I suppose for me, a suitable hand-piecing project would have to be one with inset seams; something that is not so lickety split, nice and quick on the sewing machine.
So I had a little rootle around and found this block on Quiltivate
The block is made up of one repeating triangle x four so all I needed to do was enlarge one quarter of the image.
After a few attempts, I managed to get it to the maximum possible size which makes for a 10" block.
I then traced the four templates (the other two shapes in the triangle are just mirror images) on to template plastic. If you don't trust yourself to accurately trace and cut your own templates, then Jeanette told me about an Etsy shop where they will make made-to-measure templates for you.
Obviously, this makes templates without a seam allowance which I personally find easier to work with.
If you cut templates with a seam allowance and (like me) are then too lazy to pencil mark in the seam allowance, you just eyeball your 1/4" as you sew. I know some people struggle with this.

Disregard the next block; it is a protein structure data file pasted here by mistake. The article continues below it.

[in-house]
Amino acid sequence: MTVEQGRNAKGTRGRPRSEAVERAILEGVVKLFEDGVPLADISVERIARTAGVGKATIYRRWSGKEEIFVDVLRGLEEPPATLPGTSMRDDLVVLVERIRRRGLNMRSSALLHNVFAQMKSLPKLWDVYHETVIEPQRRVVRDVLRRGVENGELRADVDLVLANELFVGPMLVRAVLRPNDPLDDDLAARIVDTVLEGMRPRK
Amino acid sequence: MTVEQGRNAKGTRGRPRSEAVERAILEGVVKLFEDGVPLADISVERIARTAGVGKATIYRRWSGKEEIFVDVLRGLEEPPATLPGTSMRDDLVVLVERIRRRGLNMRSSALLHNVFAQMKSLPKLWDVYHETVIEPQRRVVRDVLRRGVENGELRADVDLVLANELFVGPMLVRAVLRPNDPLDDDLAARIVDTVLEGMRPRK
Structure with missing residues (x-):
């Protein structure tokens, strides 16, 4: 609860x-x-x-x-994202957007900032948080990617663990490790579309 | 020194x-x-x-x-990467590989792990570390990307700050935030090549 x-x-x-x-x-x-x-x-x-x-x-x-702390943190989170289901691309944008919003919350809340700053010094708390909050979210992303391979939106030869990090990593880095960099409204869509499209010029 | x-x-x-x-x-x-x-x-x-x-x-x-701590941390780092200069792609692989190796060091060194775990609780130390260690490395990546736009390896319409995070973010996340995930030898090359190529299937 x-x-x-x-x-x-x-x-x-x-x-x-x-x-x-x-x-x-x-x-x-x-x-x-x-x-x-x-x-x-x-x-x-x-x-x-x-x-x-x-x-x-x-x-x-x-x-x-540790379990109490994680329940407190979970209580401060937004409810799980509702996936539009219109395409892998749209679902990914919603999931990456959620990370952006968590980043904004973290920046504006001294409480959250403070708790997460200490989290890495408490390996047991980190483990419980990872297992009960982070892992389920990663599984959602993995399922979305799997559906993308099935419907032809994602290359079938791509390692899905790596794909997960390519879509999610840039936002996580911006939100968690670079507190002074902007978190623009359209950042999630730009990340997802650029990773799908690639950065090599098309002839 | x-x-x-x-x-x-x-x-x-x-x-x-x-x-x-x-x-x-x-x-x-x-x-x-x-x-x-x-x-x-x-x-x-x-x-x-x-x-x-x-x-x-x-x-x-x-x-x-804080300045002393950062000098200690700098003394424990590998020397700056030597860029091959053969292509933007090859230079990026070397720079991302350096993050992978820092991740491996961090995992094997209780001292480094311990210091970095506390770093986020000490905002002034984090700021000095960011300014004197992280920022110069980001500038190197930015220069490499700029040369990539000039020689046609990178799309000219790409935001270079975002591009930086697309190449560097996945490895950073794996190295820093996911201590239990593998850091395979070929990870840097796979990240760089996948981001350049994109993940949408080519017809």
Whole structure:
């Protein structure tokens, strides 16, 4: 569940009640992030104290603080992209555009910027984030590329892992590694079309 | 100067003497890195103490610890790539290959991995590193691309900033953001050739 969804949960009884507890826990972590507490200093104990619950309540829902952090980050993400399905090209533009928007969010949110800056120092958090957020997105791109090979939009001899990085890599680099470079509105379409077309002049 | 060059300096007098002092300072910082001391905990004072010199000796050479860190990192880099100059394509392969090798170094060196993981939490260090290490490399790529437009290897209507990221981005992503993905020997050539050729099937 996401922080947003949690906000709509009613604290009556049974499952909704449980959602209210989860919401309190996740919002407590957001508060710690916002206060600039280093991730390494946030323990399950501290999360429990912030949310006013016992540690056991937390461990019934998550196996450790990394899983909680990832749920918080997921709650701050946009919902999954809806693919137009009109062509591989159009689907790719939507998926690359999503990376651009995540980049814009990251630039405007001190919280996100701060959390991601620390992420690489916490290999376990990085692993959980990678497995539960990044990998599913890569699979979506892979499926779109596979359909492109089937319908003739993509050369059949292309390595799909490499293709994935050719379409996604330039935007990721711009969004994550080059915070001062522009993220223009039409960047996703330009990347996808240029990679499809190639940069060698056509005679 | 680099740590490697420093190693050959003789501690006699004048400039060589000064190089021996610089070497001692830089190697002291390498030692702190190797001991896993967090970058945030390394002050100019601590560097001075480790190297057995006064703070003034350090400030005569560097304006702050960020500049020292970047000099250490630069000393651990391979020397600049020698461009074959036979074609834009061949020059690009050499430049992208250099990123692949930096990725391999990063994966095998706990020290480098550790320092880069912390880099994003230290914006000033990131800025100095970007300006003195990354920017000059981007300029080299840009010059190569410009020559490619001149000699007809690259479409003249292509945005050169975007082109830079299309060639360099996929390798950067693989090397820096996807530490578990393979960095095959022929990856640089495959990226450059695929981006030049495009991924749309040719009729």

However, if you cut templates without the seam allowance your seam allowance is already marked for you (the lines you traced around the template) and you then only have to eyeball cutting out a 1/4" round the shapes. My cutting is OK but not perfect but that is fine because if you pin the beginning and end of the line between two pieces, the pencil lines on both match up beautifully and you just sew along it.
I'm making slow progress which is fine because that's the whole point of a portable project; an 'as and when I can' type quilt.
So far I have done:
I've gone for total random, scrappy madness with the exception of the centre four kite shapes where I have fussy cut to get a secondary design.
I've then surrounded that with different fabrics/colours but all roughly the same value. The edges are low volume/light.
For the two shapes that have a mirror image, it is also important to mark L and R on the back of each piece as otherwise you'll come a cropper.
I know that from experience.
All told, each block probably takes about an hour and a half, with intermittent pauses, depending on how gripping the televisual viewing is.
And with four made, if you put them together as another larger block, you can see that a lovely low volume kaleidoscope shape appears.
And then you add some more blocks.
|Linking up to Finish It Up Friday...even though it's not ;-)|
I have no idea how long for and how large I am going with this.
But for the moment I am enjoying the slow road.
(If you are cautious about inset seams there is a very good video here to help you)